[SciPy-dev] ANN: Enthought Python Distribution - Beta

Robert Kern robert.kern@gmail....
Thu Feb 28 13:24:48 CST 2008


On Thu, Feb 28, 2008 at 12:21 PM, John Ollinger <ollinger@wisc.edu> wrote:
>
> I apologize for the tone of my email  - it was the result of late-hours, a
> migraine, and memories of past bad experiences.  I spent 3 years in the 80's
> writing software for a scanner that was ostensibly developed for use at a
> university.  Then the hardware guys formed a company and eventually made
> tons of money while the two of us developing software got a one-time shot at
> some consulting, $2000 in royalties, (which was exactly equal to the
> university's share,) and lost our jobs.   A few years later I inadvertently
> bought software that I had written during those three years.  Hence the
> paranoia.
>
> The combination of open-source software and for-profit companies do raise
> some legitimate questions, so I don't think that it is entirely unreasonable
> for people to wonder about this.

Fair enough. However, I think that our history of support for a free
and open scipy since (quite literally) the beginning should speak for
itself. Nothing has changed in that regard. scipy would be much less
useful to us were we to attempt to close it up, not that we could
succeed. A big difference between your situation (as far as I can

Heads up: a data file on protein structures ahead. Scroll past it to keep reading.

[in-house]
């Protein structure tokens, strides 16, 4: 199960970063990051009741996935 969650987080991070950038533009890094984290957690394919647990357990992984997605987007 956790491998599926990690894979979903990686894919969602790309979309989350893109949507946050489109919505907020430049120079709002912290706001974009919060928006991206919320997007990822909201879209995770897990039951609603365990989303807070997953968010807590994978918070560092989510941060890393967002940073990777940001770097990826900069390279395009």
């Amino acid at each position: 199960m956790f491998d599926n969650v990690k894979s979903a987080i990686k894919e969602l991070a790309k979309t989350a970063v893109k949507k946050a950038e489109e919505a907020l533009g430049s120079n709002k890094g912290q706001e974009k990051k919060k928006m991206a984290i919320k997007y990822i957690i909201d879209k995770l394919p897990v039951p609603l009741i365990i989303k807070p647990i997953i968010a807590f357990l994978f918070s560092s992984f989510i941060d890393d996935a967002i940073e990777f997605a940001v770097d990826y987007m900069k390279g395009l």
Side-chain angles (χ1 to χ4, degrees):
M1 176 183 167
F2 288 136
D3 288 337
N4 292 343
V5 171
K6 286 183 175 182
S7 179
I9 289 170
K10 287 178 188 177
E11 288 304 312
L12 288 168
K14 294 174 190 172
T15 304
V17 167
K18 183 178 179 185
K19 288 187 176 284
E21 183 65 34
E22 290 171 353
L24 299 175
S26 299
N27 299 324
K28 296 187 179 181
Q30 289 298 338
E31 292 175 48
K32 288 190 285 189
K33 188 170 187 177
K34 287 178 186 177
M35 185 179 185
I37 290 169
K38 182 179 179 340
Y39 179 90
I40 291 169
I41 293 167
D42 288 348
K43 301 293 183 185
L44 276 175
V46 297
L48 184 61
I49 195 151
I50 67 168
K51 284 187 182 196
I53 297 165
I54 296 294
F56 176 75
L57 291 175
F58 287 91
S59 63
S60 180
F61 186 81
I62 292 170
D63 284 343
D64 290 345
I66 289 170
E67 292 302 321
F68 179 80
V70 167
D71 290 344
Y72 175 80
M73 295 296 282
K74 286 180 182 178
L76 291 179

tell) and scipy's is that scipy's code is authentically open source
and freely available on the Internet. Even if we were to shut down
scipy.org and "take our ball and go home," there are any number of
people with the source already who can simply start up again on
code.google.com. We would inconvenience the community, but we couldn't
stop it from developing scipy in any way.

But all of that would be incredibly stupid of us. Our support of scipy
has been one of the most substantial advertisements for our consulting
services. For a long time, it was our *only* advertisement.

-- 
Robert Kern

"I have come to believe that the whole world is an enigma, a harmless
enigma that is made terrible by our own mad attempt to interpret it as
though it had an underlying truth."
  -- Umberto Eco


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